CYBILS SENIOR HIGH NONFICTION: Bonnie and Clyde: The Making of a Legend by Karen Blumenthal
ABOUT THE BOOK
Bonnie and Clyde may be the most notorious--and celebrated--outlaw couple America has ever known. This is the true story of how they got that way.
Bonnie and Clyde: we've been on a first name basis with them for almost a hundred years. Immortalized in movies, songs, and pop culture references, they are remembered mostly for their storied romance and tragic deaths. But what was life really like for Clyde Barrow and Bonnie Parker in the early 1930s? How did two dirt-poor teens from west Texas morph from vicious outlaws to legendary couple? And why?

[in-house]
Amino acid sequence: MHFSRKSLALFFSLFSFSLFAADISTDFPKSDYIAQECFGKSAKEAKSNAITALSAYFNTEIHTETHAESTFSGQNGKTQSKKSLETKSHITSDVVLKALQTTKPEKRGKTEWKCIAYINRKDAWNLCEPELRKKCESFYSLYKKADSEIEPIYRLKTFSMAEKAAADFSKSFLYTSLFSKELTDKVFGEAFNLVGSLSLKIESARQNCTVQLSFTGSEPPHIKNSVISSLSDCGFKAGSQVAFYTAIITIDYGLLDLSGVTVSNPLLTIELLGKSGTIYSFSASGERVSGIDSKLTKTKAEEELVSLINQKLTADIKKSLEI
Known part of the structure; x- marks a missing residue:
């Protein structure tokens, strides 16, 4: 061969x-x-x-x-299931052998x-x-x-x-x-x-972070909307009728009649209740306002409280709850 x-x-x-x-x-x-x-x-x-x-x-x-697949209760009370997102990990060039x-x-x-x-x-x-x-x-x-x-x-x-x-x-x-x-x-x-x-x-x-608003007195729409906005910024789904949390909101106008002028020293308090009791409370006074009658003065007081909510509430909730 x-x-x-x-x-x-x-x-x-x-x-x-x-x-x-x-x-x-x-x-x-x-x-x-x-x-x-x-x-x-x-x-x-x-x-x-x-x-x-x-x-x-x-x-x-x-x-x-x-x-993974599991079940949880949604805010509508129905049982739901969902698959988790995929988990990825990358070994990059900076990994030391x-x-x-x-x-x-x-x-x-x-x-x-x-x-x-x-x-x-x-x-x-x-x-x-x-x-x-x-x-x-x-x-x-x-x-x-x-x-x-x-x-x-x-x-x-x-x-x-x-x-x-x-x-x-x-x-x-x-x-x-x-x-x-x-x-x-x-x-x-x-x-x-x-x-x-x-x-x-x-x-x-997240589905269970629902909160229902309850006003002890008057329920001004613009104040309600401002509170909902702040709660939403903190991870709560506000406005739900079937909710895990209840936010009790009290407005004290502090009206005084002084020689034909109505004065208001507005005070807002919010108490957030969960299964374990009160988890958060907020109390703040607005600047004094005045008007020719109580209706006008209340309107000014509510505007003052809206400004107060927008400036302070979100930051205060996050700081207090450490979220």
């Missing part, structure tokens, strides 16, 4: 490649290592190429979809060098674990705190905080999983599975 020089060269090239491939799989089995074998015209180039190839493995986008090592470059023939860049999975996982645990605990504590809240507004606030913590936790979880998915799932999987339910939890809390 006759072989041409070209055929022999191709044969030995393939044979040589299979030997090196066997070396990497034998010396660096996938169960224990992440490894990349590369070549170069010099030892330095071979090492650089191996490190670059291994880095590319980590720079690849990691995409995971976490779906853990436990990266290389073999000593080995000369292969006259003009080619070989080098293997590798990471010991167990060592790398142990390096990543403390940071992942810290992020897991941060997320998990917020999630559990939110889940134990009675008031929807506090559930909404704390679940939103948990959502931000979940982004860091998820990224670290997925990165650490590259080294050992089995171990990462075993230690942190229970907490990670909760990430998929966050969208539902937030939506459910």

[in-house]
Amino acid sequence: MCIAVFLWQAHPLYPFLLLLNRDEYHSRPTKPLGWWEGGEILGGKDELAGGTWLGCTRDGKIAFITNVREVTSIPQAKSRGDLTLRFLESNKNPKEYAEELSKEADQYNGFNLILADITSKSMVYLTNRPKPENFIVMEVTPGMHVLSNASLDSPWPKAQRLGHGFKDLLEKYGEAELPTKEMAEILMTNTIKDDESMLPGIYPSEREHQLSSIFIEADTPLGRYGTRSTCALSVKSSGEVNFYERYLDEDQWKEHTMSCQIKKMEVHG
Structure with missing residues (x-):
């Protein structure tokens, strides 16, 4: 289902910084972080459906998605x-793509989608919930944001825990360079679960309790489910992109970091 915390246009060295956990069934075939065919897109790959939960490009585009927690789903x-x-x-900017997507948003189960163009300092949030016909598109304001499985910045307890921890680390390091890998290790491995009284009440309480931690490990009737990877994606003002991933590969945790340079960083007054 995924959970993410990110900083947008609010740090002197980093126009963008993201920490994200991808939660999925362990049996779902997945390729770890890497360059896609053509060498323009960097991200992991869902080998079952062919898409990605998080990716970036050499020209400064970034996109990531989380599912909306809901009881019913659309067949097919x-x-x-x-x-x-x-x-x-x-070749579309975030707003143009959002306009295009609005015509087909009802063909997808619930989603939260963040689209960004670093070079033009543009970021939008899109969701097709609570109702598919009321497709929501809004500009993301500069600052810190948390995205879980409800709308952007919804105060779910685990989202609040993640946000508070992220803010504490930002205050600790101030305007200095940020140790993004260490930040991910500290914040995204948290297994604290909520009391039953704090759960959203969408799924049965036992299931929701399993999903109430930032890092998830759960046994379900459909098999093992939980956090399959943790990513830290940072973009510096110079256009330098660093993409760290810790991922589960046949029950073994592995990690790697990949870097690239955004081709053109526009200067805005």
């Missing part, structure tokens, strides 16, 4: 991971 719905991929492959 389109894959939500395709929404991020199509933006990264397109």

I found this book to be a compelling tale of two people who made some really bad decisions that lead eventually to their deaths. I'd heard of Bonnie and Clyde before, who hasn't? But I knew very little about them. This book answered many of my questions. Did it answer all of my questions? No, but then again no book can do that seeing as their is no way to completely know and understand Bonnie and Clyde's motivations. Blumenthal does an excellent job though of giving as clear a picture as possible of what is known (or thought to be known) about Clyde and Bonnie and what led them to become legends. Frankly, I found the story a rather sad one as Clyde and Bonnie made poor decision after poor decision that effected not only themselves, but their families and friends as well. It started as many such stories do with Clyde getting in trouble as a youth. His family's poverty undoubtedly had at least something to do with that in addition to the friends he spent time around. Unfortunately for Bonnie, her life changed forever once she met Clyde. Her unwillingness to walk away from him after he went back to a life of crime led her to her death. After reading about the shocking number of people they killed and the number of shootouts and robberies they were involved in (and there may have been more) I began to understand why these two became so famous. What boggled my mind is the end of the book where the author explains how people responded to Clyde and Bonnie. The thousands of people that wanted to see their dead bodies. The number of newspaper articles about them, the movies made, and books written. These two criminals received more attention than all of their victims put together. A sad commentary on American society is the fact that these two are still so famous yet their victims have been all but forgotten.